It's no secret that we're big fans of Eventide here at Perfect Circuit. Between their studio gear, plug-ins, and effects pedals, we're often enhancing the sound of our favorite synthesizers, drum machines, and other instruments with luscious Eventide delays, reverbs, and pitch effects. After all, they've been churning out superb sources of sonic inspiration for over 50 years now, and they have more ideas than ever to push the art of effects processing forward into the future.
Today, we're excited to commemorate the release of the newest Eventide effects pedal: the H90 Harmonizer. Building on the modern classic H9 platform, the H90 elevates Eventide's pedal line to new heights in what we think is one of the most powerful compact effects processors ever conceived. With loads of I/O and the capability of running two effect algorithms simultaneously (with generous routing options), H90 is hands down Eventide's most powerful effect pedal to date.
Take a look and listen to some of what the H90 has to offer in our video with Brian and Jacob above, and read on for a quick dose of Eventide history before getting into the specifics of what makes the new Eventide H90 pedal especially captivating.
Eventide's Pedal History: A Story of Premier Effect Processing
We've previously covered Eventide's extensive history in a two-part article series, from their earliest rackmount units to their current catalog of pedals, plugins, and more. Though the H90 draws from Eventide's entire legacy of rich time-based effects, it makes the most sense to focus discussion here on their Harmonizer line as well as their previous pedals to get an idea of where the H90 is coming from.
By 1975, Eventide had already produced a handful of clever studio devices employing the use of cutting-edge digital technology, but it was the release of the H910 Harmonizer that put them on the map. Put simply, the H910 was a digital delay unit with additional features that made it capable of pitch-shifting, flanging, and other effects that were well ahead of its time—harmonization was only one of the many things it could do. Later units like the refined H949 and the iconic powerhouse H3000 furthered the capabilities of the Harmonizer line and solidified the presence of Eventide effects in studios across the world.
But it wasn't until 2007 that Eventide began rolling out its first line of guitar pedals: the Factor series. With pedals, Eventide was finally making the leap into a new market, and the sound of their renowned effects became more attainable to musicians across the world. Packaged into pedals of dedicated effect categories, the PitchFactor, ModFactor, TimeFactor, and Space respectively presented a formidable assortment of pitch, modulation, delay, and reverb effects.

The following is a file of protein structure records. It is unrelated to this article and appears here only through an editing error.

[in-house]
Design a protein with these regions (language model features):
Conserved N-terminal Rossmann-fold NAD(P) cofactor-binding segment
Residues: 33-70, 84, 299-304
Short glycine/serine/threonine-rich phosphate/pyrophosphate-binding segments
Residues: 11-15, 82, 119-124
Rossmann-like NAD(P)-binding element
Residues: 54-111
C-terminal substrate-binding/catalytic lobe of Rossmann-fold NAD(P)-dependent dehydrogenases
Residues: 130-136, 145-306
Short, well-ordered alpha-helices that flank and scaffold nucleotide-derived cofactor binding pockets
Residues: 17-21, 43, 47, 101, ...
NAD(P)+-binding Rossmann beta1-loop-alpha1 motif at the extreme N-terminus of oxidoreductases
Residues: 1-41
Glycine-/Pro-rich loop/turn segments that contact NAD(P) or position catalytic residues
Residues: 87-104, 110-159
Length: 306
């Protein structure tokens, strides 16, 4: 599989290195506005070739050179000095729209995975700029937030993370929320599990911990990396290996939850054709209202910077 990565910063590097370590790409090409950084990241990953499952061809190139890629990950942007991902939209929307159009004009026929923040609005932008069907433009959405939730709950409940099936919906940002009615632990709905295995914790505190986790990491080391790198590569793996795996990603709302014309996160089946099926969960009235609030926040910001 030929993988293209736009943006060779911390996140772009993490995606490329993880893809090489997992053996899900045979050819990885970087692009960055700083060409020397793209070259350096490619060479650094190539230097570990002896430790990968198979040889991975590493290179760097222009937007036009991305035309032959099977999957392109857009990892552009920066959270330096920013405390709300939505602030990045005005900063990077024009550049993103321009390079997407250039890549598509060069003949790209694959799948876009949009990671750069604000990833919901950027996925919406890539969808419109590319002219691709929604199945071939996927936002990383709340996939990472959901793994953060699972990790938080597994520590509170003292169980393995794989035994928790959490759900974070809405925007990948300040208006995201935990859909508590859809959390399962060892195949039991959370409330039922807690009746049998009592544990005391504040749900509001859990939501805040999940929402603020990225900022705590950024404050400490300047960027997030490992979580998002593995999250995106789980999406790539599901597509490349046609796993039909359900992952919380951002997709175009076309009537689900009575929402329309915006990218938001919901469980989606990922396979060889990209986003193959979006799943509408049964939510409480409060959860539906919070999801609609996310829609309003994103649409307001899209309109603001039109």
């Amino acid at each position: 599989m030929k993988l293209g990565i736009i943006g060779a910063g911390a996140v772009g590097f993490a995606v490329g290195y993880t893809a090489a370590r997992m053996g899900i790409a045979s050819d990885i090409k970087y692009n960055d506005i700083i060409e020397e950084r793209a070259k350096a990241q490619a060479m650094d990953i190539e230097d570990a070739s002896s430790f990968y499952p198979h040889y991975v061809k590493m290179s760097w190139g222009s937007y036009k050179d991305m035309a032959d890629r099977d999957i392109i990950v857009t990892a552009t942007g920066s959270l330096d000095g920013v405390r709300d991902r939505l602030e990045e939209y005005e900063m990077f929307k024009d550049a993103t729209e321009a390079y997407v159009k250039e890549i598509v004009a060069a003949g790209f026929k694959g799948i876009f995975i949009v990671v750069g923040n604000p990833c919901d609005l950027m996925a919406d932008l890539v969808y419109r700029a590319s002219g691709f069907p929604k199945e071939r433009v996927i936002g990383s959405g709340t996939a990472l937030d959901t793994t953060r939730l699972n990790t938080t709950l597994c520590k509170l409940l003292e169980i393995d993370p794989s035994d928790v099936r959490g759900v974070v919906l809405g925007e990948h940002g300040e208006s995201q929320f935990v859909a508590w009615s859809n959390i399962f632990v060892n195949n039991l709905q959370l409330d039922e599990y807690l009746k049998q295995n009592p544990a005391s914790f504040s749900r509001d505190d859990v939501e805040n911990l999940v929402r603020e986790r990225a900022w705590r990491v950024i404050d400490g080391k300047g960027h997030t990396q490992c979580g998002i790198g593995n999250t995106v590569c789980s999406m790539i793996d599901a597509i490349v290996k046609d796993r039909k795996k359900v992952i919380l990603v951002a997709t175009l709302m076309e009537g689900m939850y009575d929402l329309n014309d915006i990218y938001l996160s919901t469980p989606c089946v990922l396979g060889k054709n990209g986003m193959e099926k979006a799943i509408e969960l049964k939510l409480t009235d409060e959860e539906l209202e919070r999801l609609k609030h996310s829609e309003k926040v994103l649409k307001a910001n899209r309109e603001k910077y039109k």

But perhaps the best thing about these pedals is that they didn't just make guitars shine with Eventide sparkle—these pedals found their way into the hands of synthesists, producers, and other instrumentalists or musicians seeking the best of what Eventide has to offer outside of pro-grade studio gear. Even now, 15 years later, these pedals hold up remarkably well—people are still turning to them for their flexible parameterization and, of course, their phenomenal sound.
No one would cast any doubt on the quality of the Factor line's algorithms, but Eventide knew that they could elevate their pedal game again within a few years. That's exactly what happened in 2013 with the release of the H9 Harmonizer.
This pedal could be seen as a culmination of Eventide's work up to that point in time, for its designation as a Harmonizer places it into the same family as the legendary H910, H949, and H3000. And not only did H9 pack in some new, unique effects of its own but it could also run every algorithm found on the Factor pedals. At one moment, H9 could be the infamous Blackhole reverb, and in the next provide authentic H910/H949-style harmonization and detune, but then shift over to UltraTap, Resonator, or any of the other H9-exclusive effects. Thus, just like all other members of Eventide's harmonizer family, H9's capabilities extend well beyond delay and pitch effects, but this flexibility was now packed into a compact, pedalboard-friendly package.
In addition to the effects themselves, H9 represented another leap forward in terms of interfacing and control. The pedal itself is extremely compact for all that it can do, and as such relies on a menu-based system with a handful of parameters and a central encoder. The encoder can also be used for HotKnob functionality, which offers macro-level control over multiple parameters of an algorithm at once.
Given its minimal interface, H9 really encourages the use of presets, which may be stepped through in sequential order using the Tap footswitch, or recalled remotely with MIDI program changes. But to make preset arrangements easier, and to keep all parameters accessible in a studio or performance environment, Eventide released the companion H9 Control app for Mac, PC, iOS, and Android devices. Whether you were connected via USB to your computer or using Bluetooth with your tablet or mobile device, it was easily possible to craft new presets, try out new algorithms, and configure nearly every aspect of your H9 through the app.